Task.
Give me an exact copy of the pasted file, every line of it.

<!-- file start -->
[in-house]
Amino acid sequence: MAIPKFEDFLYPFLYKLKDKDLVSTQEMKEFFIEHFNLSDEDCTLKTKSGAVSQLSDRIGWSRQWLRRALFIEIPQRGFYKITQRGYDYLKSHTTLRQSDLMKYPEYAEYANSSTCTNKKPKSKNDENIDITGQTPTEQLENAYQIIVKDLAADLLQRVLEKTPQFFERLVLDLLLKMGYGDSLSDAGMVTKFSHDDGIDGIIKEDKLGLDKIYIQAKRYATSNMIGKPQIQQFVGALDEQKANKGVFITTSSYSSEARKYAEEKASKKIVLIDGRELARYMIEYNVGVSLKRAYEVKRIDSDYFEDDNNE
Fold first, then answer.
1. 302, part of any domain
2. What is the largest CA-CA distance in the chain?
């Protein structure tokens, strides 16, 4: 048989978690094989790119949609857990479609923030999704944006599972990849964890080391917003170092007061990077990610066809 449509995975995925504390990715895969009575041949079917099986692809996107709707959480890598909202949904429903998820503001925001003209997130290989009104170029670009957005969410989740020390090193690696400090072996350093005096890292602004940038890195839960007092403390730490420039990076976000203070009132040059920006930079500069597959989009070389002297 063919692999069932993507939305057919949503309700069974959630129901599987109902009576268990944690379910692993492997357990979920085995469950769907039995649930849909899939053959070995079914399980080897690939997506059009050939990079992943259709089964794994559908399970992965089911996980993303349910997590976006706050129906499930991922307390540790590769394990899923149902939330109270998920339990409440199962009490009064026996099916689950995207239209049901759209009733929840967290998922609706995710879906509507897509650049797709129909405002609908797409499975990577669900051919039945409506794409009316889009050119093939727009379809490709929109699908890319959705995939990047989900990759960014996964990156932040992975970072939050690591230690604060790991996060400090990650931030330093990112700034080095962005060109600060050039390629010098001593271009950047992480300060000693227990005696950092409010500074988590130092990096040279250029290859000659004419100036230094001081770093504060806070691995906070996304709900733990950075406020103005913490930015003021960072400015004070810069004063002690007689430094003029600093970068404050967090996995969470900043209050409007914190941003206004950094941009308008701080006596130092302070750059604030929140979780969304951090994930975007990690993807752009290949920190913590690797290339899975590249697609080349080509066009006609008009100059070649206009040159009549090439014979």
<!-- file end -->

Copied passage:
[in-house]
Amino acid sequence: MAIPKFEDFLYPFLYKLKDKDLVSTQEMKEFFIEHFNLSDEDCTLKTKSGAVSQLSDRIGWSRQWLRRALFIEIPQRGFYKITQRGYDYLKSHTTLRQSDLMKYPEYAEYANSSTCTNKKPKSKNDENIDITGQTPTEQLENAYQIIVKDLAADLLQRVLEKTPQFFERLVLDLLLKMGYGDSLSDAGMVTKFSHDDGIDGIIKEDKLGLDKIYIQAKRYATSNMIGKPQIQQFVGALDEQKANKGVFITTSSYSSEARKYAEEKASKKIVLIDGRELARYMIEYNVGVSLKRAYEVKRIDSDYFEDDNNE
Fold first, then answer.
1. 302, part of any domain
2. What is the largest CA-CA distance in the chain?
């Protein structure tokens, strides 16, 4: 048989978690094989790119949609857990479609923030999704944006599972990849964890080391917003170092007061990077990610066809 449509995975995925504390990715895969009575041949079917099986692809996107709707959480890598909202949904429903998820503001925001003209997130290989009104170029670009957005969410989740020390090193690696400090072996350093005096890292602004940038890195839960007092403390730490420039990076976000203070009132040059920006930079500069597959989009070389002297 063919692999069932993507939305057919949503309700069974959630129901599987109902009576268990944690379910692993492997357990979920085995469950769907039995649930849909899939053959070995079914399980080897690939997506059009050939990079992943259709089964794994559908399970992965089911996980993303349910997590976006706050129906499930991922307390540790590769394990899923149902939330109270998920339990409440199962009490009064026996099916689950995207239209049901759209009733929840967290998922609706995710879906509507897509650049797709129909405002609908797409499975990577669900051919039945409506794409009316889009050119093939727009379809490709929109699908890319959705995939990047989900990759960014996964990156932040992975970072939050690591230690604060790991996060400090990650931030330093990112700034080095962005060109600060050039390629010098001593271009950047992480300060000693227990005696950092409010500074988590130092990096040279250029290859000659004419100036230094001081770093504060806070691995906070996304709900733990950075406020103005913490930015003021960072400015004070810069004063002690007689430094003029600093970068404050967090996995969470900043209050409007914190941003206004950094941009308008701080006596130092302070750059604030929140979780969304951090994930975007990690993807752009290949920190913590690797290339899975590249697609080349080509066009006609008009100059070649206009040159009549090439014979």